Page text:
wikiHow to Render a Wall

Applying render (called plaster in the United States) to a wall is a great way to protect it from the elements as well as provide aesthetic interest. Renders made from lime or Portland cement can be applied to walls made from earth, brick, stone, or straw bale. They work by protecting the wall from wind damage and by absorbing water and allowing it to evaporate before it can penetrate the wall. Learning how to render a wall will allow you to perform this ancient technique that is still useful today.


  1. Image titled Render a Wall Step 1
    Prepare the wall for rendering. If the wall has previously been rendered and the plaster is deteriorating, start by sawing or raking as much of the old plaster away as possible. Once the old render is removed, wet the wall using a garden hose. Apply more water to walls made from very porous materials.
  2. Image titled Render a Wall Step 2
    Mix the render. Renders are a mixture of only 3 ingredients: lime, sand, and water. Portland cement can be substituted for a portion of the lime, which will result in a stronger, but less breathable plaster. Use either hydrated lime or lime putty, and mix 1 part lime to 3 parts sand in a large bucket or wheelbarrow. You must use sand with sharp, angular grains; masonry sand is the ideal choice. Add just enough water to form the mixture into a stiff, workable paste.
  3. Image titled Render a Wall Step 3
    Apply the scratch coat of render to the wall. Render is most effective when it is applied in several layers, and the first layer is called the scratch coat. Apply the render to the wall as forcefully as possible to ensure that it keys into the wall well; throwing clumps of render from a trowel or from your hands in the best method. Smooth the render across the wall with a trowel. Never make repeated passes with the trowel over the same area; this will bring the lime to the surface and leave you with a weak, lime-depleted section underneath.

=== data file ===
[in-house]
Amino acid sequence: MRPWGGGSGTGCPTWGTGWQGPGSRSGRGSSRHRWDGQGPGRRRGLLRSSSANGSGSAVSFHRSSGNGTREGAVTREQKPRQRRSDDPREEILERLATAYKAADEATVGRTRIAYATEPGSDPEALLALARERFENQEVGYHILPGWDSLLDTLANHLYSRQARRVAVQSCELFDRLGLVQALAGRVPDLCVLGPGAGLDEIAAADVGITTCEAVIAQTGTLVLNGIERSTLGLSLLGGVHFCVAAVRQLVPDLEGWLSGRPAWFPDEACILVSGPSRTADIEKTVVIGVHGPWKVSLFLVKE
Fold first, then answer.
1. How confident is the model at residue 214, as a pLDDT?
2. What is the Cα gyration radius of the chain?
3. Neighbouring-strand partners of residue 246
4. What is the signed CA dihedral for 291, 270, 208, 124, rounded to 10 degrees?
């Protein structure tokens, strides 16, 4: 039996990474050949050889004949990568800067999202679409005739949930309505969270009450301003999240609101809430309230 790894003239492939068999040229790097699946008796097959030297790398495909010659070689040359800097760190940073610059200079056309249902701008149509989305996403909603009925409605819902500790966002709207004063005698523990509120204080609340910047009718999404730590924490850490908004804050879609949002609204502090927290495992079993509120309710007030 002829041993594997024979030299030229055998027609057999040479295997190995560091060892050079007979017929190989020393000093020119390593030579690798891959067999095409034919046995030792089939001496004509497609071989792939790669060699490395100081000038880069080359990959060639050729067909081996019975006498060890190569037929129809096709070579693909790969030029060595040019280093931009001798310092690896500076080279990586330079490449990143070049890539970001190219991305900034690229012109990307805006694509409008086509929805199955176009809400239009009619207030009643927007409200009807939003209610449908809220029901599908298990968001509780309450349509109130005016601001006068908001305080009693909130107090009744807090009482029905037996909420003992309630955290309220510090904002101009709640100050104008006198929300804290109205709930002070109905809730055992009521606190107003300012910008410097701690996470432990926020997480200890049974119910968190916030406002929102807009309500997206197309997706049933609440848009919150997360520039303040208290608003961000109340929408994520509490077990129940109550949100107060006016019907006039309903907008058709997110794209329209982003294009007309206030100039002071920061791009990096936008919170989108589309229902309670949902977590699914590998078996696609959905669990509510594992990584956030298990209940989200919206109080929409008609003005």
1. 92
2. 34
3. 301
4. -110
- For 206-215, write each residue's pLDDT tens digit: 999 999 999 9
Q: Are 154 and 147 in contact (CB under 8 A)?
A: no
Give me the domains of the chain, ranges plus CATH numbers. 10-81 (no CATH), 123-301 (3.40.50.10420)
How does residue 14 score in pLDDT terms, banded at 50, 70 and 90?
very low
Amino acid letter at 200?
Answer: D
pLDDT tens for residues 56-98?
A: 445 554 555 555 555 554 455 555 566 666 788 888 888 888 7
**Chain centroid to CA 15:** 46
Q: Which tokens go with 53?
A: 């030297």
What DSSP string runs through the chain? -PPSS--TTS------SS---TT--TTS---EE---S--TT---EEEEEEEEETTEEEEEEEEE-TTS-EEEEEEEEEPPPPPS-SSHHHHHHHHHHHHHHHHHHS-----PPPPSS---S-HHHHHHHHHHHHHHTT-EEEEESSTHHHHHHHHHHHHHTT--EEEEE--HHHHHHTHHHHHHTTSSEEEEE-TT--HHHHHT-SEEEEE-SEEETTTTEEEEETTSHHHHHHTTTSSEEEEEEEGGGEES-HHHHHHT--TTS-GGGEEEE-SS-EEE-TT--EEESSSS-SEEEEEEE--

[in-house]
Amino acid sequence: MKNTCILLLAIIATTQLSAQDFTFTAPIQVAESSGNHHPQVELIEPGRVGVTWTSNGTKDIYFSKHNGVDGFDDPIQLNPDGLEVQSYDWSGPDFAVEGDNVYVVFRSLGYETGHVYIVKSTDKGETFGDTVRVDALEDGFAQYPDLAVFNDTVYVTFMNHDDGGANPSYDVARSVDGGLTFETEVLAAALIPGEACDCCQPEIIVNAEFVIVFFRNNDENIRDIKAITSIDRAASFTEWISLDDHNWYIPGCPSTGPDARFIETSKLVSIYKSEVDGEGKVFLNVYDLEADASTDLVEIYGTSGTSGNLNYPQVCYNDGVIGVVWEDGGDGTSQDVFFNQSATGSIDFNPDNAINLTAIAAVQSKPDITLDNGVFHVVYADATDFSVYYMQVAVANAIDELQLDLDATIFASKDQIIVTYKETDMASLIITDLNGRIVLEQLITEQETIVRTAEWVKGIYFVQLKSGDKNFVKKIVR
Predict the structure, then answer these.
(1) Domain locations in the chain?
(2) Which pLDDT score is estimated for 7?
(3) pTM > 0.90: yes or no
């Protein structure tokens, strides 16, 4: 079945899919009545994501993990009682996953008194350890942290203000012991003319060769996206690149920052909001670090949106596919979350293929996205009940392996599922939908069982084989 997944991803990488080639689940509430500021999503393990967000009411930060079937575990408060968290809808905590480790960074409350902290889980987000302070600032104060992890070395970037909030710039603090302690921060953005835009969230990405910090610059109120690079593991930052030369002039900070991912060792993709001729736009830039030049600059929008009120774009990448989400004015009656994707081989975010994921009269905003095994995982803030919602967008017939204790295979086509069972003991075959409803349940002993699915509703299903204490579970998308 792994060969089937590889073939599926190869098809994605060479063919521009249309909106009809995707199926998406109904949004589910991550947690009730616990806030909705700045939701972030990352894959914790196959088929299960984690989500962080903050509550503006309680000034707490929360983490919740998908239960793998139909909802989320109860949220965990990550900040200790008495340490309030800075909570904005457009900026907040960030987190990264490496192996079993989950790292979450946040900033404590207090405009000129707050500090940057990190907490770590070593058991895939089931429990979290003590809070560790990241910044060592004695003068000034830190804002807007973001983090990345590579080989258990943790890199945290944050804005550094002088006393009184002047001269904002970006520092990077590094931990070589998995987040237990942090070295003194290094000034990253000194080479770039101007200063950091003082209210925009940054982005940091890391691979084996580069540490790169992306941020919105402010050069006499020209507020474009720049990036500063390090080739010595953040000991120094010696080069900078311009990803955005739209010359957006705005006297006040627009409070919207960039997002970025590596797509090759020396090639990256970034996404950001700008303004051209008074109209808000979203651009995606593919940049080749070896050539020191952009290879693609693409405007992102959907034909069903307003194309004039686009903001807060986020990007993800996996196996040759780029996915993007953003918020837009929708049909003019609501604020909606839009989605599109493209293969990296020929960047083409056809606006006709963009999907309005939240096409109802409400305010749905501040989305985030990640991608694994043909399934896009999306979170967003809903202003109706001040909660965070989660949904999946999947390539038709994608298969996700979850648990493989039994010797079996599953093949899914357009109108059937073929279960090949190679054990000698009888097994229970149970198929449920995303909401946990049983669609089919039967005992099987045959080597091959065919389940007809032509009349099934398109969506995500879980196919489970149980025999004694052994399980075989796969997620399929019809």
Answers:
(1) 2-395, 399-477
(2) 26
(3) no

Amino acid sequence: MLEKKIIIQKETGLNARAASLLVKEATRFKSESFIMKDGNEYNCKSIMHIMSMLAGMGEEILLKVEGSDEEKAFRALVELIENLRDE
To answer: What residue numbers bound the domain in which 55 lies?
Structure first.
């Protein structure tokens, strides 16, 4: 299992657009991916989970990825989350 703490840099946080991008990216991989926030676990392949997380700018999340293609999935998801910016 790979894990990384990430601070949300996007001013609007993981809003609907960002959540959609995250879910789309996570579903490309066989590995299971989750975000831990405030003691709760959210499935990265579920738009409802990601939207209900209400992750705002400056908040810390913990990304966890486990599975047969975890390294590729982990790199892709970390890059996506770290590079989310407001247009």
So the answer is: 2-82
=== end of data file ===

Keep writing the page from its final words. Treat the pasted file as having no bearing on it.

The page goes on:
4. Image titled Render a Wall Step 4
    Scratch the first coat of render to prepare it for a second coat. Once the first coat of render is applied but not yet set, scratch the surface throughout the wall to provide a key for the next layer to adhere to. These scratches can be applied using a hand cultivator or the edges of a trowel.
  5. Image titled Render a Wall Step 5
    Apply the second coat of render to the wall. Once the first coat has been scratched and allowed to set most of the way, wet the wall again with the hose. Apply the second coat of render in the same manner as the first. If a third coat is desired, scratch the surface of the current coat to provide a key. If not, let the render dry slowly, and you are done rendering the wall.


  • Rendering is best done on a cool, cloudy day. Hot weather will cause the render to set too quickly, which encourages cracking.
  • Never use a Portland cement render on a wall made from earth, such as adobe, cob, or wattle and daub. The cement will trap moisture against the wall, which will severely weaken the earthen material.
  • when rendering the sand should be free from clay, animal feces and plant matter as these may weaken the properties of the mortar. ie. adhesion or drying ability may be sped up or slowed down.
  • The mix of sand to lime should be 4 to 1 not 3 to 1. Also when doing your scratch coat it is best to key across rather than down as this will stop gravity pulling the top coat down.

Things You'll Need

  • Saw
  • Rake
  • Garden hose
  • Water
  • Lime
  • Masonry sand
  • Portland cement (optional)
  • Bucket
  • Trowel
  • Hand cultivator

Article Info

Categories: Walls Fences and Decks